Over on his personal blog, Benji Lanyado asks if hyperlocal is all hype, worrying that the ad dollars will never arrive to sustain it, or that the need for a lot of hyperlocal content will drag down the level of quality to unacceptable levels. “Hyperlocal has been talked about for years, but a eureka moment still hasn’t materialised,” he writes.
I think Lanyado has surveyed hyperlocal ably and asked some very good questions. I’m not out to bash him. But it struck me that his skepticism, while well-founded, seems entirely too early — just as it does when attached to other news experiments by other commenters. Take nonprofit journalism, about which I’ll be moderating a panel discussion for Gelf Magazine’s Media Circus in Dumbo Thursday night. (Details here — come by!) If you read the nonprofit model’s detractors, you’ll conclude it’s clearly all hype too, whether the problem is that philanthropists’ agendas will distort things or that news organizations that don’t try to make money will wind up irredeemably flabby in allocating resources. Citizen journalists? Untrained hacks who can’t be taught the first thing about accuracy and fairness. Wikis? Poorly policed and prone to vandalism. Social media? Dooms us all to echo chambers of likeminded thought.
Skepticism is good, and we have to keep our revolutionary fervor in check lest our hopes for new journalism become cheerleading. But we also can’t let doubts and worries lead us to dismiss experiments while they’re still running. The newspaper industry’s current travails have taken a lot of these experiments off the back burner, and they’re now getting real attention — along with real money and, yes, an excess of hype. We need to resist excessive enthusiasm and cynicism and simply let the experiments run, giving ourselves time to reflect on what worked, what didn’t, and what kind of worked — and then run variations on those experiments. And then do it again. And then some more. Right now we’re like biologists peering at the brew of lightning-stoked amino acids and grousing that this stuff will never produce a decent opposable thumb.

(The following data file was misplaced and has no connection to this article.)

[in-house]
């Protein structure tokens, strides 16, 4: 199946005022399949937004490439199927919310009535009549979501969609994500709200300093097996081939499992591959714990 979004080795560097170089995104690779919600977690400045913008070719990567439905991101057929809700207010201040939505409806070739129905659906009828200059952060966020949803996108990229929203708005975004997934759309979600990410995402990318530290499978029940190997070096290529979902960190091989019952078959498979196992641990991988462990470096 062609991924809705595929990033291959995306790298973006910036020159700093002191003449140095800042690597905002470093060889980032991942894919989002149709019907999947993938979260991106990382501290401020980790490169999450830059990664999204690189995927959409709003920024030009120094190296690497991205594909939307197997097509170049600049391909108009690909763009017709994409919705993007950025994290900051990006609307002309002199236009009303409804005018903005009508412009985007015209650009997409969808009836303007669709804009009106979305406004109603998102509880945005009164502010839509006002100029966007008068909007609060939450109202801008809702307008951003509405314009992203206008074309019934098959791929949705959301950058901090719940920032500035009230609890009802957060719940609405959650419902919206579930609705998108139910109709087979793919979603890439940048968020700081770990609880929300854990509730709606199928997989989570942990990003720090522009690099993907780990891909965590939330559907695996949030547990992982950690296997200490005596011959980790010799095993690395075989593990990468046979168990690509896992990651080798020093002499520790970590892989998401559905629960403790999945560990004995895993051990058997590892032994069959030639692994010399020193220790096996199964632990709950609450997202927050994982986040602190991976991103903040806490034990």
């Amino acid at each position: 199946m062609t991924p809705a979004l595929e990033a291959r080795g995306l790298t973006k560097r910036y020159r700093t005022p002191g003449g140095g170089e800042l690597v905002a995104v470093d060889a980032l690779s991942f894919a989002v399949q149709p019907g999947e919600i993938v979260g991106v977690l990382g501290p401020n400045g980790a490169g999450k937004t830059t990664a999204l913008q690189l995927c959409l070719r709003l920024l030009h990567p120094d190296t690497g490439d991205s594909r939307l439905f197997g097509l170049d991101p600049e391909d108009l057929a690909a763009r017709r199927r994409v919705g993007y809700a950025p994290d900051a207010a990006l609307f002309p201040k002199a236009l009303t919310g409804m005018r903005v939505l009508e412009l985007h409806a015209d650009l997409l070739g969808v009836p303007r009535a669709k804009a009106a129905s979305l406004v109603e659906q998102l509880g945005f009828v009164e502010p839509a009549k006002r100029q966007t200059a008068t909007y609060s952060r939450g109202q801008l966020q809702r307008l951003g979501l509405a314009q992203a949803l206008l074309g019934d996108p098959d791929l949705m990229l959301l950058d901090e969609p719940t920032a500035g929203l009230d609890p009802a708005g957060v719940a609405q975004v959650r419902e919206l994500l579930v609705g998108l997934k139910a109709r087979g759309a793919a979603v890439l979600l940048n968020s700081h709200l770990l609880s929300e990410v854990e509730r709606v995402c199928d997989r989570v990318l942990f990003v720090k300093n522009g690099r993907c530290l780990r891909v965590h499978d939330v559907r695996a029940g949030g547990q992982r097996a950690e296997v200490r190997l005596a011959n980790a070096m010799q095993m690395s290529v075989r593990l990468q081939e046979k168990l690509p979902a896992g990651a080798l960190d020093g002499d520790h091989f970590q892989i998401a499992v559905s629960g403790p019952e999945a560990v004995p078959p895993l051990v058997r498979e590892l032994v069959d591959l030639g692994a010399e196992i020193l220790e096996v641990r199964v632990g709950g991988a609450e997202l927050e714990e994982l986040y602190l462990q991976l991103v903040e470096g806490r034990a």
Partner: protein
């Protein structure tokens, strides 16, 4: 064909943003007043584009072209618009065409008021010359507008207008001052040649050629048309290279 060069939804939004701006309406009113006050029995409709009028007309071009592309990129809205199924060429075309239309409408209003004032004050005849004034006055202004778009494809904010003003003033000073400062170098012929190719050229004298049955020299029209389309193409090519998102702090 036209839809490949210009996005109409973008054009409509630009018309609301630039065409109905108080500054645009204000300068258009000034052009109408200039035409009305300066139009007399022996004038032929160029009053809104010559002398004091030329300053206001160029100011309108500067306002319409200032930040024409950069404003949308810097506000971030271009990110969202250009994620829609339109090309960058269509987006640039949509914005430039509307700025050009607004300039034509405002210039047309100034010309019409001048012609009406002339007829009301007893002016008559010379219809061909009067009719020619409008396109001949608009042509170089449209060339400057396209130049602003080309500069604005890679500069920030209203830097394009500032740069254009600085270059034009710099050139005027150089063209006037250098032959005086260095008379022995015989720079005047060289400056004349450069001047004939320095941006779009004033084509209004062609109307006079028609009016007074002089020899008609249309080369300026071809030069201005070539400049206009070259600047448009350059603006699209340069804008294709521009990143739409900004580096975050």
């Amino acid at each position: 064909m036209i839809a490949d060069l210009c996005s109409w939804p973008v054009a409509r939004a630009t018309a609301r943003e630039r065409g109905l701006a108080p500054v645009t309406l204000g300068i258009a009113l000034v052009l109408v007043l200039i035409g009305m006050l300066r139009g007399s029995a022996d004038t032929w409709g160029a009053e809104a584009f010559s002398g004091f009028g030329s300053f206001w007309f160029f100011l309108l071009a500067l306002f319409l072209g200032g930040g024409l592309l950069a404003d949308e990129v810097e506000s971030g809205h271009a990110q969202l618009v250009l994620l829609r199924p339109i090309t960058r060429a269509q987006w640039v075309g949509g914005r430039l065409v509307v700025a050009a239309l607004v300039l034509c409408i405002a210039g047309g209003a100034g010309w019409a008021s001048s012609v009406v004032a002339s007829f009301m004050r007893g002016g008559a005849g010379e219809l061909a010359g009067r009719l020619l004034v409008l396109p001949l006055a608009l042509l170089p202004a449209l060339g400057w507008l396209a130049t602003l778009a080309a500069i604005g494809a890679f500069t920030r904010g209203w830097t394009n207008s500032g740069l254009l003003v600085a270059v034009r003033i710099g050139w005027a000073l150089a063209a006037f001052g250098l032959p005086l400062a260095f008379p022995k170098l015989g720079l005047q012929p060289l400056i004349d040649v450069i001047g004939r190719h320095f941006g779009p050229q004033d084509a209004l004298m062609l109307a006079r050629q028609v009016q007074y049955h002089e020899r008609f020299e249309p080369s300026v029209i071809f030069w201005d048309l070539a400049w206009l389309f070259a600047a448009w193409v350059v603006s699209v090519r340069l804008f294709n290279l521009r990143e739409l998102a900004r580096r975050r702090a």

To borrow Clay Shirky’s line, “Nothing will work, but everything might.” It’s going to take time to find the mights and iterate them into some part of some successful model. And I bet that model will have little resemblance to what we’re thinking about now, here at the end of 2009 amid the early winter of the print age. The daily print paper as we knew it for generations isn’t exactly an obvious mix either: Who’d think to take news about distant lands and news about nearby towns and political editorials and sports and lifestyle pieces and advice columns and humor and cartoons and horoscopes and comics and crosswords and help-wanted ads and for-sale signs and coded personal messages and kids’ drawings and movie reviews and entertainment listings and neighborhood gossip and lots and lots of retail ads and present it as something that people would not only pay for but come to cherish as part of their morning routine? Yet that worked, and it worked for a long time. We need to bear that in mind, and be patient in figuring out what will work next.
Over at his editor’s blog for the Greensboro News & Record, John Robinson laments the disconnect between quirky newsrooms and the often-dull news they produce: “One of the great journalism paradoxes is that newspaper people are a whole lot of fun, newspaper Web sites aren’t. Newsrooms are full of prankers, jokers and larger than life characters. Yet, we tend to take our news content seriously…often ponderously so. Too often we squeeze the humorous life out of what we produce.”